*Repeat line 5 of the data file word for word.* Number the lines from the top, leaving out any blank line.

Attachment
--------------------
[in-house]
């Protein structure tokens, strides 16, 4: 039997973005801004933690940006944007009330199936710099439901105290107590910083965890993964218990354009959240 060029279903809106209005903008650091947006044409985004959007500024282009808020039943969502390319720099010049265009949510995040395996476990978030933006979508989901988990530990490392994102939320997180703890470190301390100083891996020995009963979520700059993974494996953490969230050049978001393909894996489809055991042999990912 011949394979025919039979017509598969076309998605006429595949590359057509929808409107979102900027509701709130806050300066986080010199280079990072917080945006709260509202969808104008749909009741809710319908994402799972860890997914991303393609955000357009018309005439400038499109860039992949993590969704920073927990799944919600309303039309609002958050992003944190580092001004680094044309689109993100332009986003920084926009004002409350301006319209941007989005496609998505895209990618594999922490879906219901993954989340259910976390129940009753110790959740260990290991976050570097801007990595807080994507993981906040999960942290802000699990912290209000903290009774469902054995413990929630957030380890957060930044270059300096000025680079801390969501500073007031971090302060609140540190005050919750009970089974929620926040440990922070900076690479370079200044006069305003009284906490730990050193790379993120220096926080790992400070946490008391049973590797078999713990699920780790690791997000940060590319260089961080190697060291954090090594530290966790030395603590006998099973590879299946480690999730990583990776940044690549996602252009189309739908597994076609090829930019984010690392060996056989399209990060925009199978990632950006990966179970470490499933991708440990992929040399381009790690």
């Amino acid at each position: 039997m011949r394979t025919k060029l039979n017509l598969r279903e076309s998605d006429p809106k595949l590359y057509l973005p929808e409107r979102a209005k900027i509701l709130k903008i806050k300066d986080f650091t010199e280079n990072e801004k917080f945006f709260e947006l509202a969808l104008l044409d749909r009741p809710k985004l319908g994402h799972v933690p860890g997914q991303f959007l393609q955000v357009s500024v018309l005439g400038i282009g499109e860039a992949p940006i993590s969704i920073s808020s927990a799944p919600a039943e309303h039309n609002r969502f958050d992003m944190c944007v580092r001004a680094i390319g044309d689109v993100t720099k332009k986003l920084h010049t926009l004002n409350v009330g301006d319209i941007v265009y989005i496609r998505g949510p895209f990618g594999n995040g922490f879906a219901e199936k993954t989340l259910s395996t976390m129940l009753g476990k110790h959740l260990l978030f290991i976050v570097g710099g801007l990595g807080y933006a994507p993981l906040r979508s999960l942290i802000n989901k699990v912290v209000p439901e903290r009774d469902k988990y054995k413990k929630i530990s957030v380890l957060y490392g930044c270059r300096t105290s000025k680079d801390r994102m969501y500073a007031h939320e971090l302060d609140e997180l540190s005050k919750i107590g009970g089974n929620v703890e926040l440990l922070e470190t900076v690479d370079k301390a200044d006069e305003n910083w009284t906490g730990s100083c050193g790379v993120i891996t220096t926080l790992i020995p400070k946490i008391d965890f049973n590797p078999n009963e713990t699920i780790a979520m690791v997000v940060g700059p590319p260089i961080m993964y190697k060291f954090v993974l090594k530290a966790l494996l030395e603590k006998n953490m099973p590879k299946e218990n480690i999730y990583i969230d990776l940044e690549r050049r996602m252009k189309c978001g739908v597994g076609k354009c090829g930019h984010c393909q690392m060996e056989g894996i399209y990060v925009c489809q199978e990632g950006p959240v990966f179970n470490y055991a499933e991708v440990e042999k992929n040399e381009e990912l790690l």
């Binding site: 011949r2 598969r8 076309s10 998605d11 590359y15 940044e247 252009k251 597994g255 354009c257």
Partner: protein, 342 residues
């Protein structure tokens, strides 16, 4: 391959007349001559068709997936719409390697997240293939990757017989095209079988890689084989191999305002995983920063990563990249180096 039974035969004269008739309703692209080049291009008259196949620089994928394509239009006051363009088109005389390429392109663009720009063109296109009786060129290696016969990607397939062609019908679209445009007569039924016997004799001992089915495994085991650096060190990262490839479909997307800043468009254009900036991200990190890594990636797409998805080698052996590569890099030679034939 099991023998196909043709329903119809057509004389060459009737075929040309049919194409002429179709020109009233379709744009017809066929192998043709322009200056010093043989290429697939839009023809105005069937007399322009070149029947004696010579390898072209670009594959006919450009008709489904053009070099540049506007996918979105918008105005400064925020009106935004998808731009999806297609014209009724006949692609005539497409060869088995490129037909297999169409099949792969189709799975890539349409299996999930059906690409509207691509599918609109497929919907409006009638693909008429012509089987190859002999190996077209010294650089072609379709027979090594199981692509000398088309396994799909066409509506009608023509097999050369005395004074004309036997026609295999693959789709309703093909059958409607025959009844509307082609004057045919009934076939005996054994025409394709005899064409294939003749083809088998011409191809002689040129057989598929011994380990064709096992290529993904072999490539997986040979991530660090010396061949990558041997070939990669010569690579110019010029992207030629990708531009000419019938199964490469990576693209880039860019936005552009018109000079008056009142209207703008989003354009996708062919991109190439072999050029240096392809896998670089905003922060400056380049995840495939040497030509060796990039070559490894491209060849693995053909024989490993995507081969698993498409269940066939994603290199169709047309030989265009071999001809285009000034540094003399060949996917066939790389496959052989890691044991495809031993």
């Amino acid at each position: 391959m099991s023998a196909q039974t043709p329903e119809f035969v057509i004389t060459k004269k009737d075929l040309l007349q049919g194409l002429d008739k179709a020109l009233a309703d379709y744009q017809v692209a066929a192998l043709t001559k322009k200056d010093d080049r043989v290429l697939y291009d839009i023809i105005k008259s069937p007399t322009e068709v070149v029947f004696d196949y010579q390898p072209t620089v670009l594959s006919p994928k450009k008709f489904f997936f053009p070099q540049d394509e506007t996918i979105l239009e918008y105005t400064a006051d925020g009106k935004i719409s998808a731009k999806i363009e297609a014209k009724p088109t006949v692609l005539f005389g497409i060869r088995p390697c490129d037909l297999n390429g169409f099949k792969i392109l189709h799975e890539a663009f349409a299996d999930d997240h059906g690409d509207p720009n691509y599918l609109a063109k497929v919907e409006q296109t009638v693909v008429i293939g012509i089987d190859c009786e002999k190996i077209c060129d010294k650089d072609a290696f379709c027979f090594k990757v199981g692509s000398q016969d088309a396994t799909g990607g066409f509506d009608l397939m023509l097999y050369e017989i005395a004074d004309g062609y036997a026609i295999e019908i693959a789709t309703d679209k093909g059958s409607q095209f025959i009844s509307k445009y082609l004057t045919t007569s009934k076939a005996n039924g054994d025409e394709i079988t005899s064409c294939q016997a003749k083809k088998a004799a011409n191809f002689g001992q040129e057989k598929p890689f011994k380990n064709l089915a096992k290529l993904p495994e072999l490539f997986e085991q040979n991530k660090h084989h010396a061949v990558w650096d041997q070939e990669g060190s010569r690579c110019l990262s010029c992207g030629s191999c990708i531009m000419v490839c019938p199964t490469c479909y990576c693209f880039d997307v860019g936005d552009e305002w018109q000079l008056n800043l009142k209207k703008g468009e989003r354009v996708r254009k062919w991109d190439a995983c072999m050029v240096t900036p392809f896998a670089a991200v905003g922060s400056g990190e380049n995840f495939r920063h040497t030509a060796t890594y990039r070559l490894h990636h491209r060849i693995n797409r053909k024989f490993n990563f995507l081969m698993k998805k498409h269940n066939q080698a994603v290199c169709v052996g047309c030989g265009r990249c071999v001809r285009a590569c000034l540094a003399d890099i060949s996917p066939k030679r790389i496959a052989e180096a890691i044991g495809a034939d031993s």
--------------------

Partner: protein, 342 residues